Many businesses will be affected and must comply with the new rule. According to the DOL, “employers may:

  1. increase the salary of an employee who meets the duties test to at least the new salary level to retain his or her exempt status;
  2. pay an overtime premium of one and a half times the employee’s regular rate of pay for any overtime hours worked;
  3. reduce or eliminate overtime hours;
  4. reduce the amount of pay allocated to base salary (provided that the employee still earns at least the applicable hourly minimum wage) and add pay to account for overtime hours worked over 40 in the workweek, to hold total weekly pay constant; or
  5. use some combination of these responses.”

Below are four steps you can implement which will help integrate the changes successfully into your workflow.

  1.  Review payroll and identify employees who are exempt. The first step is to review your payroll and identify who are currently classified as exempt employees whose salaries are below the new proposed thresholds for executive, professional and administrative white collar exemptions. You should also review the job duties of all employees who are currently classified as exempt to ensure that they meet the duties test under the Fair Labor Standards Act for their overtime exemption to be recognized.
  2. Consider which positions to transition to non-exempt status. Once you have reviewed your payroll and identified the employees who are exempt it will be essential to carefully consider which positions to transition to nonexempt status. Employers have two options: they can either increase the salary level to maintain an employee’s exempt status or transition the position to nonexempt status. When transitioning positions to a nonexempt status, ask yourself the following questions:
  • What will be the basis for pay: hourly or salaried?
  • Does this meet the minimum wage requirements?
  • Will overtime be permitted? Is it necessary?

3.  Evaluate timekeeping practices.

Anticipate more time to track for employees transitioning from exempt to nonexempt status. Establish a formal policy to help track and record time. The policy should define:

  • What is considered time worked?
  • How is overtime approved?
  • Who approves overtime?
  • What are the consequences for failing to follow the policy?

4.  Communicate changes internally.

The final step is to communicate and educate staff of any policy changes. Don’t forget to include employees who are already nonexempt; they will also need a refresher. Communications and training programs must be timely. Consider having supervisors regularly review employee time-keeping practices to ensure employees are properly reporting their time worked.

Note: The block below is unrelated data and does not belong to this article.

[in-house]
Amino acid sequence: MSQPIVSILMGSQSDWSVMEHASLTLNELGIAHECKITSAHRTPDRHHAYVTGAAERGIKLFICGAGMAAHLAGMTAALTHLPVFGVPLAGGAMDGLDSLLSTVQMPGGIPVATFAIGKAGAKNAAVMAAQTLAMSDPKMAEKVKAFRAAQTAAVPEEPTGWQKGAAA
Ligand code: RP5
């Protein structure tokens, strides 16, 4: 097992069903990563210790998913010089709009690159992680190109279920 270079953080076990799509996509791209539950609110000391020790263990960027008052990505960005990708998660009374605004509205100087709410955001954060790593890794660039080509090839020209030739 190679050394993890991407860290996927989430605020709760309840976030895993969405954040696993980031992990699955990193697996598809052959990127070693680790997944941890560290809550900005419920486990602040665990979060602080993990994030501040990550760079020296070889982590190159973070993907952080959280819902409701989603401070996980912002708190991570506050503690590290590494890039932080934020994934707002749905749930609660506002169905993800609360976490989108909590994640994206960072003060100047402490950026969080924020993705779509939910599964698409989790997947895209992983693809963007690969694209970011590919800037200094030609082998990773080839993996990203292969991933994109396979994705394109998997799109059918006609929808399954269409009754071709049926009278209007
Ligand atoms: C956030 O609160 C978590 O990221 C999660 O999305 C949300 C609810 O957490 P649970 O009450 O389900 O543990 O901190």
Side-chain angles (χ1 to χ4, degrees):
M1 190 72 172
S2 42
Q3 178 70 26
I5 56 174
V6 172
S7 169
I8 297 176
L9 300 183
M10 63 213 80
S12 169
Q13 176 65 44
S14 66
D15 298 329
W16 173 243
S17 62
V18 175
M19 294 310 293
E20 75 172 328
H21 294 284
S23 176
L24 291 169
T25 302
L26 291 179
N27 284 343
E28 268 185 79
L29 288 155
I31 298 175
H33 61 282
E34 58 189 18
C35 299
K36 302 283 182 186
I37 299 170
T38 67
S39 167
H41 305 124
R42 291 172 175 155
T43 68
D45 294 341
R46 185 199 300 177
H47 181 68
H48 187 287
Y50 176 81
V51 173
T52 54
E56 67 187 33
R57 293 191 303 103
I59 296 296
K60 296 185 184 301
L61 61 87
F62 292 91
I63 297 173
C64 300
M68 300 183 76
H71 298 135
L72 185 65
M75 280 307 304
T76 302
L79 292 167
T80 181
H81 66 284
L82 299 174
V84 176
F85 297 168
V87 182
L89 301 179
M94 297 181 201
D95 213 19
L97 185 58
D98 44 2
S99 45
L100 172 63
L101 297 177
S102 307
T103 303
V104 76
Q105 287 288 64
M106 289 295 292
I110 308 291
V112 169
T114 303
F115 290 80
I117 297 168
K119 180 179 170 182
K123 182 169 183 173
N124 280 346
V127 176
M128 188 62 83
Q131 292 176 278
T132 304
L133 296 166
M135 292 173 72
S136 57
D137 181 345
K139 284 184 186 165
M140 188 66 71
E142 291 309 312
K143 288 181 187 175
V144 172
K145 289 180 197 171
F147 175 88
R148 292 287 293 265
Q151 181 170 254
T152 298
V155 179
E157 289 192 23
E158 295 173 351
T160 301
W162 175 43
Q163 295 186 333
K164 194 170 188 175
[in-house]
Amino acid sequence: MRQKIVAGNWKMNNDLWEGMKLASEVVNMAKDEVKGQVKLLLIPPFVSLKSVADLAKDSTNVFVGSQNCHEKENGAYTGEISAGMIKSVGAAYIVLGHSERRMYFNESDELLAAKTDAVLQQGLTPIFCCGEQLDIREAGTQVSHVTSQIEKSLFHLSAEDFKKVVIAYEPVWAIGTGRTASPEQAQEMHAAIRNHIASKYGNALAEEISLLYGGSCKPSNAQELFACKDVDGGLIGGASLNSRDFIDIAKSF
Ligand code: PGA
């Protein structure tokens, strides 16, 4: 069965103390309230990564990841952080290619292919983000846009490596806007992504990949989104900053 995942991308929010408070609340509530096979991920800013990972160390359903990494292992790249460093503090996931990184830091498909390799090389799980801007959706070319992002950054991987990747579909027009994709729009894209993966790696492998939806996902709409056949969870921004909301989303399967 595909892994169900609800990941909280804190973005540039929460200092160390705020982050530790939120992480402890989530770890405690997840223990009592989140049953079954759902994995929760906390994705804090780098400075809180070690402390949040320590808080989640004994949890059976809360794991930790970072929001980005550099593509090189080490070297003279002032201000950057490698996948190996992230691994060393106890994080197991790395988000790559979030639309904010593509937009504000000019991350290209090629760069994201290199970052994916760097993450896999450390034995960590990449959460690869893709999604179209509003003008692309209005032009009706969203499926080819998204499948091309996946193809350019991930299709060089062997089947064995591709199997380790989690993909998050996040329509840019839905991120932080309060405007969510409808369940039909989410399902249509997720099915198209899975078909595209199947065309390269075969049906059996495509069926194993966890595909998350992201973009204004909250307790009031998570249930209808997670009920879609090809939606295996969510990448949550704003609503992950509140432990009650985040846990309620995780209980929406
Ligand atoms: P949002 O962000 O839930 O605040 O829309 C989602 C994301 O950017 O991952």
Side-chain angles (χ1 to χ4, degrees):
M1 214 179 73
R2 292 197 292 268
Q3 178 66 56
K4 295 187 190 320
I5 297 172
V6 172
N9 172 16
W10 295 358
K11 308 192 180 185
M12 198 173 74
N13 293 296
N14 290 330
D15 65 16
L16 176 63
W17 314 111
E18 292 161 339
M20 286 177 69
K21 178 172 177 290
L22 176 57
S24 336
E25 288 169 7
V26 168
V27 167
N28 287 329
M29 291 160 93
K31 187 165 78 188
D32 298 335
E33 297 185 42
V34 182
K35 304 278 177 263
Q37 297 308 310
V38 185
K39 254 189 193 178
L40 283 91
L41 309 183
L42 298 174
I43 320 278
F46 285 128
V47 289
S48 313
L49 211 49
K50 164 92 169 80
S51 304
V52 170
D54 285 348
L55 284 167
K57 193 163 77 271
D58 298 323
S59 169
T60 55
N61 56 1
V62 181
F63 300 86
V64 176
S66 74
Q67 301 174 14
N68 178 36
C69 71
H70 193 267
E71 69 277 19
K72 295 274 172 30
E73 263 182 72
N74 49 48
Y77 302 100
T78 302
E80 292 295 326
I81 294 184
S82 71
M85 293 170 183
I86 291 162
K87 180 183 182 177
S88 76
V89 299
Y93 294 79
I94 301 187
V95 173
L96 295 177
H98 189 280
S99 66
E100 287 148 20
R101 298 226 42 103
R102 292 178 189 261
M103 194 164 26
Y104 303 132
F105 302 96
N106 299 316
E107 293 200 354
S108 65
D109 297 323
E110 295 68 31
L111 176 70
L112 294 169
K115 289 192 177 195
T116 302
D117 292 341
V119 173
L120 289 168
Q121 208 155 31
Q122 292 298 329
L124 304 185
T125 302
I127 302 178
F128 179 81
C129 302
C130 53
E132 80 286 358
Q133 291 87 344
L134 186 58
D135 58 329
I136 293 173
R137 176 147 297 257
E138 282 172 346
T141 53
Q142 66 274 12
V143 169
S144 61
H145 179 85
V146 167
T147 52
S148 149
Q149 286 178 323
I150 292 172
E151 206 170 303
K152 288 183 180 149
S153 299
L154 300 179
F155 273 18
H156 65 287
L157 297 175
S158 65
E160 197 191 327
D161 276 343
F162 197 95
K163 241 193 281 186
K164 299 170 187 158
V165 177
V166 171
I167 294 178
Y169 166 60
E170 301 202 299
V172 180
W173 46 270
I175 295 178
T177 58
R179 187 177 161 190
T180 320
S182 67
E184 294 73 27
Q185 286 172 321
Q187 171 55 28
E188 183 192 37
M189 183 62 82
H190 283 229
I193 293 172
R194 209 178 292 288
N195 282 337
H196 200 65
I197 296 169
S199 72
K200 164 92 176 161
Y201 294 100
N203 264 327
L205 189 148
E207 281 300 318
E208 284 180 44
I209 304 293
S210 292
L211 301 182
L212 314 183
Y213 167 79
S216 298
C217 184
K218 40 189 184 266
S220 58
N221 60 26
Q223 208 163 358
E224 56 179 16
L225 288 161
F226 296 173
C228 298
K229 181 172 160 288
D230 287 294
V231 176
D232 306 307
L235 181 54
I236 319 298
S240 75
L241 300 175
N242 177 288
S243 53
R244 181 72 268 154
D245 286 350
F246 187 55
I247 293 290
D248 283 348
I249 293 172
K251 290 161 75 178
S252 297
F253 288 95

Employers have a few months to prepare for the new rule. Our firm’s professionals can help you develop a strategy to ensure your business is in compliance. Call us today.

Bauman Associates Announces Expansion of Hudson Office

BY Bauman Associates

Hudson, WI – November 23, 2015: Bauman Associates plans to expand its Hudson office by combining employees from its neighboring River Falls office. According to Managing Principal John Satre, this move will help the firm better serve clients in both the River Falls and Hudson markets.

By combining the River Falls and Hudson teams in one location, clients of both offices will benefit from larger client service teams and broader industry expertise. Additionally, consolidating the two offices into one will also help the firm to reduce overhead costs and allow the firm to maintain its competitive billing rates.

By December 1st, the firm plans to close its River Falls office and relocate all of these employees to its Hudson office. The address for the Bauman Associates expanded Hudson office will remain the same: 816 Dominion Drive, Suite 201, Hudson, WI 54016. The office main phone line is 715.386.8181.

About Bauman Associates, Ltd
Bauman Associates was founded in 1947 as a certified public accounting firm and has offices in Eau Claire and Hudson, Wisconsin. The firm provides multi-discipline professional services to businesses and individuals including business consulting; technology training; human resource consulting; tax strategy, planning and preparation; accounting and auditing services; and estate, trust and retirement planning. For more information, visit www.baumancpa.com or call 888-952-2866.